Tag Archives: Computing

Functcon

TL; DR

We believe that Functional Programming (FP) is going to be, and is currently, a disruptive force in mainstream programming. We want to help shape the community around that force to improve the larger software community. We will do this by building an open and safe community where newcomers and veterans can explore FP- their love of it, and how to use it to build awesome software. If you believe in this please sign up on the mailing list at www.functcon.com.

@Functcon is a #FunctionalProgramming #Conference built around a community of #safety. Click To Tweet

Our Value Statements

To promote a culture of success and safety to a growing community of functional programmers, we believe the following things:

  • Functional Programming is disruptive and will continue to be so.
  • Psychological safety is the most important thing to build a successful community.
  • Excellence in programming makes changing code safe.
  • Processes of continual improvement are necessary to achieve excellence.

Functional Disruption

Kate, my wife, and I believe very much that Functional Programming is a disruptive force in the programming industry. This old technology is seeing increasing attention as we are needing different approaches to solve today’s problems.

The simplest computers are gaining more cores and an application’s ability to use those cores determine its success. Not to mention the kinds of thoughts needed to solve the problem of analyzing the increasing mountains of data we are accumulating by the minute. These problems are a couple of examples of problems that have been difficult to solve using Object Oriented Programming (OOP) or Procedural Programming.

We see it as every mainstream OOP language starts to gain FP language constructs.  FP is appearing increasingly in podcasts. Functional Programming conferences are starting to appear and be successful with multiple hundreds of attendees.

We do not know if it will ever displace OOP, but we believe it will become as important. This means that to prepare for the future the industry will need people training in this skill set right now. The Dark Matter Developers are currently not learning this skill. You can see this by looking for accredited courses. Companies are not paying for accreditations in FP.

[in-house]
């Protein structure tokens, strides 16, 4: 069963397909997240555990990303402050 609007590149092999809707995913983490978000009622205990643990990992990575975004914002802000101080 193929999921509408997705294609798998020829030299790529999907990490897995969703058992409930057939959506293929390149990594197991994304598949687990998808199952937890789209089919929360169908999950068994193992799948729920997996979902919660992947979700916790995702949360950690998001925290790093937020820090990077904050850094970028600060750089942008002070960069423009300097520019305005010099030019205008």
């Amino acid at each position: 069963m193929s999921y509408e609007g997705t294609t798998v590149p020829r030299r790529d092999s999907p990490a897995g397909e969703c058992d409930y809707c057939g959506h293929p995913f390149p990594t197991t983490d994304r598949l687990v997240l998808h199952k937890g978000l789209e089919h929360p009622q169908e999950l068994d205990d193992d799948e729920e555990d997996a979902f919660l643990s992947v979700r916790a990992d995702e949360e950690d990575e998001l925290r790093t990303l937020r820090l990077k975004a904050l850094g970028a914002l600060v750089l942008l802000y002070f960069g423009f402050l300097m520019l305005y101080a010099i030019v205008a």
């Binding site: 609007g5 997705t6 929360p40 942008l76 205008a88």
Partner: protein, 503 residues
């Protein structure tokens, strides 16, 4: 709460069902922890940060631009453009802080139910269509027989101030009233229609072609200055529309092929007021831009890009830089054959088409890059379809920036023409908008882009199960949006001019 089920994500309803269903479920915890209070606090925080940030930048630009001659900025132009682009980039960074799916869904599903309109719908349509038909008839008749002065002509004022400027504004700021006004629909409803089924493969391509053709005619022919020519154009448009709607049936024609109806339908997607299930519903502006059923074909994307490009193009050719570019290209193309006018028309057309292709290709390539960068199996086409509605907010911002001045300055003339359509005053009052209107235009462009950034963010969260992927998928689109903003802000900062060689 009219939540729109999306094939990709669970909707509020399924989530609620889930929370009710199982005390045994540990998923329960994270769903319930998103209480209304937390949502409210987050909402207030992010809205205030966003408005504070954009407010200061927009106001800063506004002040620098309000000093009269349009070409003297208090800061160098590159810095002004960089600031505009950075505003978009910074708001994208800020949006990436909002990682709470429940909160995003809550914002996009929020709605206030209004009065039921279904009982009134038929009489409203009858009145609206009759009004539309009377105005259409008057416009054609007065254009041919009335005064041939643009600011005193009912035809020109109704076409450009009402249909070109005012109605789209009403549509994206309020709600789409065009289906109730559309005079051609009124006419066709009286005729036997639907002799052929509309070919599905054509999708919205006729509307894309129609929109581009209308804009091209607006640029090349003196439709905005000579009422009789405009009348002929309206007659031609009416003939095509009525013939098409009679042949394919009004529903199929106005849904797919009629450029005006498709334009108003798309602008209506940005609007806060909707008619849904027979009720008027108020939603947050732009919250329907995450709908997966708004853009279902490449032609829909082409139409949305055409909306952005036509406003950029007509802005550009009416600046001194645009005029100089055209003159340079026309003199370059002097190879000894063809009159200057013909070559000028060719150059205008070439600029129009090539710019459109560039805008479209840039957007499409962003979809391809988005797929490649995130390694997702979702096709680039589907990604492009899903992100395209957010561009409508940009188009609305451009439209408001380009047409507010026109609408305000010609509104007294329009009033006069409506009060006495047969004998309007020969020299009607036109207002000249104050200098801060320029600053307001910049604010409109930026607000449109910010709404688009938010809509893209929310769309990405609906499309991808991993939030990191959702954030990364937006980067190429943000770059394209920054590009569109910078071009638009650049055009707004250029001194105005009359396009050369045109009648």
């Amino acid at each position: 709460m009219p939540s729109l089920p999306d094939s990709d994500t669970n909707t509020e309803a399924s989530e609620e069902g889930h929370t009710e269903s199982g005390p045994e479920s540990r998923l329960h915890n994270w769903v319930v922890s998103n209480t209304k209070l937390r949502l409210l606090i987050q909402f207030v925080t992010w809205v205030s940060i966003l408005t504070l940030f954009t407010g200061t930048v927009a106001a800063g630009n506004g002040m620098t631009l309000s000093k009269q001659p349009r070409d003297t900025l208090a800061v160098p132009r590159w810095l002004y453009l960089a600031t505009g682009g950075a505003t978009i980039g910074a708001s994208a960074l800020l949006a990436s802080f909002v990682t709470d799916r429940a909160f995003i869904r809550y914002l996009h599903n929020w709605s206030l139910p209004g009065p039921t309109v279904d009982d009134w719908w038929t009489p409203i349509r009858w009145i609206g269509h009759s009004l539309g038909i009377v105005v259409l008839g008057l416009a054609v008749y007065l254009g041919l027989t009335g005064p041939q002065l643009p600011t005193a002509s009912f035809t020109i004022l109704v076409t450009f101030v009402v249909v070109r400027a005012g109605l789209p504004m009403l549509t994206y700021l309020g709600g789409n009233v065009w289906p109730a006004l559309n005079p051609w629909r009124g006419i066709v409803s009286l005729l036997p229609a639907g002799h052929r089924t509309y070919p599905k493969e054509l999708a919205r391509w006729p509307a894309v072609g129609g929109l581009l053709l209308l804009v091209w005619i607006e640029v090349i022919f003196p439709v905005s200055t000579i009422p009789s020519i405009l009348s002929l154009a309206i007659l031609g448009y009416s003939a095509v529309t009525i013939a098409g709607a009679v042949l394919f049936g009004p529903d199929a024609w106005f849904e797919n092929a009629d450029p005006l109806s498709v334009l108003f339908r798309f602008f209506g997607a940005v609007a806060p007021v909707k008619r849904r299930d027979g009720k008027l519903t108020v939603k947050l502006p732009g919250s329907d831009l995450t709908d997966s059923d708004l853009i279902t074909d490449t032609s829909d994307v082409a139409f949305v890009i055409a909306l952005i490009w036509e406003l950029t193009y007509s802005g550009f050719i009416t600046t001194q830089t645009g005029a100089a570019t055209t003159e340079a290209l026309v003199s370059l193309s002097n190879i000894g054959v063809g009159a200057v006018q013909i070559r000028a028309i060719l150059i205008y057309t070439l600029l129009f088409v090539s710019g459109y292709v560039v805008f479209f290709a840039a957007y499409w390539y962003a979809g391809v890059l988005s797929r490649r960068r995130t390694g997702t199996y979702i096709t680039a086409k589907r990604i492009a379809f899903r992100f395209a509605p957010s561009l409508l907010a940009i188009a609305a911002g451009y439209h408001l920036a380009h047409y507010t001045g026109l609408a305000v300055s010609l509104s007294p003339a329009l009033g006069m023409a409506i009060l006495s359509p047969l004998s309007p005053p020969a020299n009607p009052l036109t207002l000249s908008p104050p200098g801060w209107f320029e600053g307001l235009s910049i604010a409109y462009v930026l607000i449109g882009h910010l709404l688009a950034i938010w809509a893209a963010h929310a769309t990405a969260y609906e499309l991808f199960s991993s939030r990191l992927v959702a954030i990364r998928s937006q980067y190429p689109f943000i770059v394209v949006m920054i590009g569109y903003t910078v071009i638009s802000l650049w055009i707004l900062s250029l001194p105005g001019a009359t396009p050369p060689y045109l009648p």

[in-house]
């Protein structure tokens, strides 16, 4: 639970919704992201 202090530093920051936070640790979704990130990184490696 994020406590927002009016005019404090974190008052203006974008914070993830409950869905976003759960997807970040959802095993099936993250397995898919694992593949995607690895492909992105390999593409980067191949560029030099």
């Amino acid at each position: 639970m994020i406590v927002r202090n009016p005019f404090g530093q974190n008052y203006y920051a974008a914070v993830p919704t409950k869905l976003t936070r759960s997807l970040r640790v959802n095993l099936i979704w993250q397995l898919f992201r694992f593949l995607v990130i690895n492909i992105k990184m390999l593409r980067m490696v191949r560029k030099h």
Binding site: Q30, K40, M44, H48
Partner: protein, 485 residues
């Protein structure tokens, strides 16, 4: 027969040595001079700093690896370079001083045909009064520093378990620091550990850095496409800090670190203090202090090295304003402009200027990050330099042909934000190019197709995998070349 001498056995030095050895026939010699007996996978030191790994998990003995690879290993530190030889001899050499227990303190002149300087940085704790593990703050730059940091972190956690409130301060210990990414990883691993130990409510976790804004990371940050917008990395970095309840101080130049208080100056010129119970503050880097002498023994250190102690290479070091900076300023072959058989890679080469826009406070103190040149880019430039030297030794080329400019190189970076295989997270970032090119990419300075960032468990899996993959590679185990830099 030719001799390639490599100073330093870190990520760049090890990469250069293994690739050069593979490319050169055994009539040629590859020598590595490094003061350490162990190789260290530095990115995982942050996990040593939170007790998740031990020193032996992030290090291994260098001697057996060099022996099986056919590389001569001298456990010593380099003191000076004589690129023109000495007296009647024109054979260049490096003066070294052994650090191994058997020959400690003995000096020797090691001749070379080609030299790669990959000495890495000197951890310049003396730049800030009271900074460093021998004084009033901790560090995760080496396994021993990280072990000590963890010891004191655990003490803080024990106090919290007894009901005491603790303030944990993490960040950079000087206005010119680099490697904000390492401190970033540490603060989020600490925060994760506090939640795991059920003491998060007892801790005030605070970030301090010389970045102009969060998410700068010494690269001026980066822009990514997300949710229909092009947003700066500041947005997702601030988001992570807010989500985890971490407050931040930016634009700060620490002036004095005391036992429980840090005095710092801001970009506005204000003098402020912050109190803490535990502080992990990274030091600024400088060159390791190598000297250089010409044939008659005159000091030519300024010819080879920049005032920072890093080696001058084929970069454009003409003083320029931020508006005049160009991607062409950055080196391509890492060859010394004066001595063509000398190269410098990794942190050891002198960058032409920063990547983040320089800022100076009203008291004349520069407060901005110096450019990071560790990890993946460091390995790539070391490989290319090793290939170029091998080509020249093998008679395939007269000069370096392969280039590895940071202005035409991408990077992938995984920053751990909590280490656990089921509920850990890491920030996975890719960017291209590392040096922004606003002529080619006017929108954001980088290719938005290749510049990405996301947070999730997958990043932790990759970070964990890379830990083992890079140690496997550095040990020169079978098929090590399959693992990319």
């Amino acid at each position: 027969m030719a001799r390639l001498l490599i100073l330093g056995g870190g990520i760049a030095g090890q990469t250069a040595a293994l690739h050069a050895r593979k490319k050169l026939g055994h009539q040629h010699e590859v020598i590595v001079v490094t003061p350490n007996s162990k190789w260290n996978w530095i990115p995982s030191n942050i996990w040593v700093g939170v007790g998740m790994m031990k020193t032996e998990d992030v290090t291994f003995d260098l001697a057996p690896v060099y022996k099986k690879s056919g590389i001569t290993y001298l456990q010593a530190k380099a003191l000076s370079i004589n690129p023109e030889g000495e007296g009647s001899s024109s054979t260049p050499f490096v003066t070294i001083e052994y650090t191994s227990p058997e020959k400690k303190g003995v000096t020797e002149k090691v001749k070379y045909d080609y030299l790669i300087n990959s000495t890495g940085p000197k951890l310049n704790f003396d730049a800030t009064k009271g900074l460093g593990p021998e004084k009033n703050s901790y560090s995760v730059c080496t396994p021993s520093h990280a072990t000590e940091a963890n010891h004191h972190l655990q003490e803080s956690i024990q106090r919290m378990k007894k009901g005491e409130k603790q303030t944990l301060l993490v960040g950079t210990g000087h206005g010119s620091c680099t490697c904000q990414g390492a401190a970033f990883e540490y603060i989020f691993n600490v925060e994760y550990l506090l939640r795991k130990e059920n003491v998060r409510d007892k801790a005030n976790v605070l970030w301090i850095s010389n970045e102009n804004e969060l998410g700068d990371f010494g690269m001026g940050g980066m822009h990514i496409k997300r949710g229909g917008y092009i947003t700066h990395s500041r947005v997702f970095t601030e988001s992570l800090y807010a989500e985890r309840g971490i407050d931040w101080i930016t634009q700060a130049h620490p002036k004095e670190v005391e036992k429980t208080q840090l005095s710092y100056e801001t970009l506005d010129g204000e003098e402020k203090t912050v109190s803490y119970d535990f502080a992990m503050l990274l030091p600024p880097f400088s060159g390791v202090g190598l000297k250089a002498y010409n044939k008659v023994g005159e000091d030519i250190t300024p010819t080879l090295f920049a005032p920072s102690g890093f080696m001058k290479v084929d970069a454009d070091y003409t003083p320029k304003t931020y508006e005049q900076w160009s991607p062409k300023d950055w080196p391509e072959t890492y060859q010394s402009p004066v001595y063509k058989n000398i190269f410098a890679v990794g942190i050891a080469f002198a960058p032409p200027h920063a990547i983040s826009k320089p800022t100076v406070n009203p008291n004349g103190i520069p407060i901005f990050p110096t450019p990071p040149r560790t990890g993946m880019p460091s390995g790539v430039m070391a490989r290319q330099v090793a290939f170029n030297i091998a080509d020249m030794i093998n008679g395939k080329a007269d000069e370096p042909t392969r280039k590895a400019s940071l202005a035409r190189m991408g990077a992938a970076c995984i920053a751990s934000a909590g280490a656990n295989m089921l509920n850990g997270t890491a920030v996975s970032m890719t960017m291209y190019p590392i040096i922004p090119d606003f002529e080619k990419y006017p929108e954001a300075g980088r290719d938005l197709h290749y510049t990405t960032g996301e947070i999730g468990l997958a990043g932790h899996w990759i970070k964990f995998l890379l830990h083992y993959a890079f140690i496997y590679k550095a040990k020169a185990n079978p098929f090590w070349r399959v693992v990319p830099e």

Dark Matter Developers are the strong majority of developers out there. That means there is currently a building skill deficit. As this skill becomes more in demand the culture surrounding that skill will become in demand. As a community, we can build a culture of success and safety.

Psychological Safety

Psychological Safety was defined by Amy Edmonson as the shared belief that a team is safe for interpersonal risk. She discovered teams that had this trait were the highest performing teams. Later Google found in their research that one of the most important traits to define a successful team was Psychological Safety.

For Functcon, we want to expand that definition from team to community. We believe by focusing first on Psychological Safety, we will build the most successful community.

Excellence in Programming

Excellence is not a word I like, as I state here. So, let me define what I mean by excellence. Excellence is the application of the most current knowledge about the best techniques and practices with understanding that the most valuable part of a project is its maintenance.

We believe by focusing on the very best of FP with this understanding of maintenance we can grow a valuable community.

Continual Improvement

It is virtually impossible to make something perfect, especially when you are dealing with a complex system. Everything you do is going to involve tradeoffs. Everything you do is going to be relevant to a given context which will move on and change under you.

So, we believe that Functcon needs to be about the continual improvement of the community, the code, functional programming, and itself. This will allow us to adapt and always remain at the top of the game.

Tying it together

If we manage to be the most successful community, with the most valuable practices, and we can adapt… Well nothing will be able to stop us. However, we don’t need to be the best to make an impact. If we even start to approach these things we will make for a better industry. Let’s do it together.

Call to Action